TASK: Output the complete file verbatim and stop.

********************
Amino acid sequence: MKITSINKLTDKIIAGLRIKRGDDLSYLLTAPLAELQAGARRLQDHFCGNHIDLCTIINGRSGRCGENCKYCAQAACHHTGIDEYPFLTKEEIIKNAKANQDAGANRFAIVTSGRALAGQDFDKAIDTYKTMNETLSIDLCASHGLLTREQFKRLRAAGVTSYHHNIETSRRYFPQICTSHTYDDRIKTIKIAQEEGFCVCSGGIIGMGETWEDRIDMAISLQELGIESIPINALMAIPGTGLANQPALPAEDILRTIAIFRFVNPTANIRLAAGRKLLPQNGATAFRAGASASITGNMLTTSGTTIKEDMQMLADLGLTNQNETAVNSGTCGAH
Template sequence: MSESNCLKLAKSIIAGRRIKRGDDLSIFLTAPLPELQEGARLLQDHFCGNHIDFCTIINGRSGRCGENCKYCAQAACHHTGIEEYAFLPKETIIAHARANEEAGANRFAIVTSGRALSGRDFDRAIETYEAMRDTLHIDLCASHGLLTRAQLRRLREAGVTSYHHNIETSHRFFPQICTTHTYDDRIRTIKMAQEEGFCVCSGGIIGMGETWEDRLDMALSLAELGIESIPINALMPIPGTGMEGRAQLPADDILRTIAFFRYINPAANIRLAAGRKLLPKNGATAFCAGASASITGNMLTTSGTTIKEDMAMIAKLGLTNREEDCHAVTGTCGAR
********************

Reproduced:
Amino acid sequence: MKITSINKLTDKIIAGLRIKRGDDLSYLLTAPLAELQAGARRLQDHFCGNHIDLCTIINGRSGRCGENCKYCAQAACHHTGIDEYPFLTKEEIIKNAKANQDAGANRFAIVTSGRALAGQDFDKAIDTYKTMNETLSIDLCASHGLLTREQFKRLRAAGVTSYHHNIETSRRYFPQICTSHTYDDRIKTIKIAQEEGFCVCSGGIIGMGETWEDRIDMAISLQELGIESIPINALMAIPGTGLANQPALPAEDILRTIAIFRFVNPTANIRLAAGRKLLPQNGATAFRAGASASITGNMLTTSGTTIKEDMQMLADLGLTNQNETAVNSGTCGAH
Template sequence: MSESNCLKLAKSIIAGRRIKRGDDLSIFLTAPLPELQEGARLLQDHFCGNHIDFCTIINGRSGRCGENCKYCAQAACHHTGIEEYAFLPKETIIAHARANEEAGANRFAIVTSGRALSGRDFDRAIETYEAMRDTLHIDLCASHGLLTRAQLRRLREAGVTSYHHNIETSHRFFPQICTTHTYDDRIRTIKMAQEEGFCVCSGGIIGMGETWEDRLDMALSLAELGIESIPINALMPIPGTGMEGRAQLPADDILRTIAFFRYINPAANIRLAAGRKLLPKNGATAFCAGASASITGNMLTTSGTTIKEDMAMIAKLGLTNREEDCHAVTGTCGAR